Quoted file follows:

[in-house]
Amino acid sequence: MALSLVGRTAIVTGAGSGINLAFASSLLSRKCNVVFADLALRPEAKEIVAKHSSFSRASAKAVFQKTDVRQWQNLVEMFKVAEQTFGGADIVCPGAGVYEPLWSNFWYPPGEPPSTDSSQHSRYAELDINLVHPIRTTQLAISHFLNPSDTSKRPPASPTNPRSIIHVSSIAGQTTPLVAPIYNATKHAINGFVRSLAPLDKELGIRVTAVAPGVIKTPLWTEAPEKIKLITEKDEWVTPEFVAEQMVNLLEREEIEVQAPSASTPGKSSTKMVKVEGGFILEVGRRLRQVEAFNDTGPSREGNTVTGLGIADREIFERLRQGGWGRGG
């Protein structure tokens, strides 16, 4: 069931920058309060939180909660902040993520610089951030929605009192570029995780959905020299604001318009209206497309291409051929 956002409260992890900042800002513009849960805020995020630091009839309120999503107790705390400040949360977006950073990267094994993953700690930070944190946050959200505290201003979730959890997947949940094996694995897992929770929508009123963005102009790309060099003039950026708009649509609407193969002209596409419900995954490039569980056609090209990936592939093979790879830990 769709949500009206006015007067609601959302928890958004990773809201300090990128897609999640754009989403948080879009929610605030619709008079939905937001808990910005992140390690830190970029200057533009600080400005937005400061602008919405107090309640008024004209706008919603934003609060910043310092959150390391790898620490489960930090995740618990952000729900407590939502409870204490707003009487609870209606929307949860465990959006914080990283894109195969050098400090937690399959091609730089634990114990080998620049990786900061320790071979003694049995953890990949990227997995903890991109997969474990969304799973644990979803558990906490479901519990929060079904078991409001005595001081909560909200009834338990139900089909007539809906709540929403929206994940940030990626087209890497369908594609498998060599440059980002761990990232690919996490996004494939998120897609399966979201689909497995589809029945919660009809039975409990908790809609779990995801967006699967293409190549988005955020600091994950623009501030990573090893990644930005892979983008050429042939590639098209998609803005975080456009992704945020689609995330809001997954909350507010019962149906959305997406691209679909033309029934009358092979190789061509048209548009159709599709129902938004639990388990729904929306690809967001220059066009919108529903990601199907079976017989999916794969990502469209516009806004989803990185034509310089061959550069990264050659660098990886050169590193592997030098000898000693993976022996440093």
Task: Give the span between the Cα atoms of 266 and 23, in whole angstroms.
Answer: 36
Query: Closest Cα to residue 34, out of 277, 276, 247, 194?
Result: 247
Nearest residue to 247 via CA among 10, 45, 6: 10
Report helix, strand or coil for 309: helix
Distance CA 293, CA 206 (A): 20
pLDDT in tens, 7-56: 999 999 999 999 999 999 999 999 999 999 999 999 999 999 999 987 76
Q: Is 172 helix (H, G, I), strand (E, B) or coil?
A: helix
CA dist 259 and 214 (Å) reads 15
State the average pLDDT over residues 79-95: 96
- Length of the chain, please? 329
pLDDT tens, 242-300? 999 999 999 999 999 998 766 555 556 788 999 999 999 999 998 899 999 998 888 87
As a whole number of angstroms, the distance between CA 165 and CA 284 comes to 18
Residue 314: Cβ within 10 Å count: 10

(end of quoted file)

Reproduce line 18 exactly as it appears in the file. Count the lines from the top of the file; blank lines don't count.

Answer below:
As a whole number of angstroms, the distance between CA 165 and CA 284 comes to 18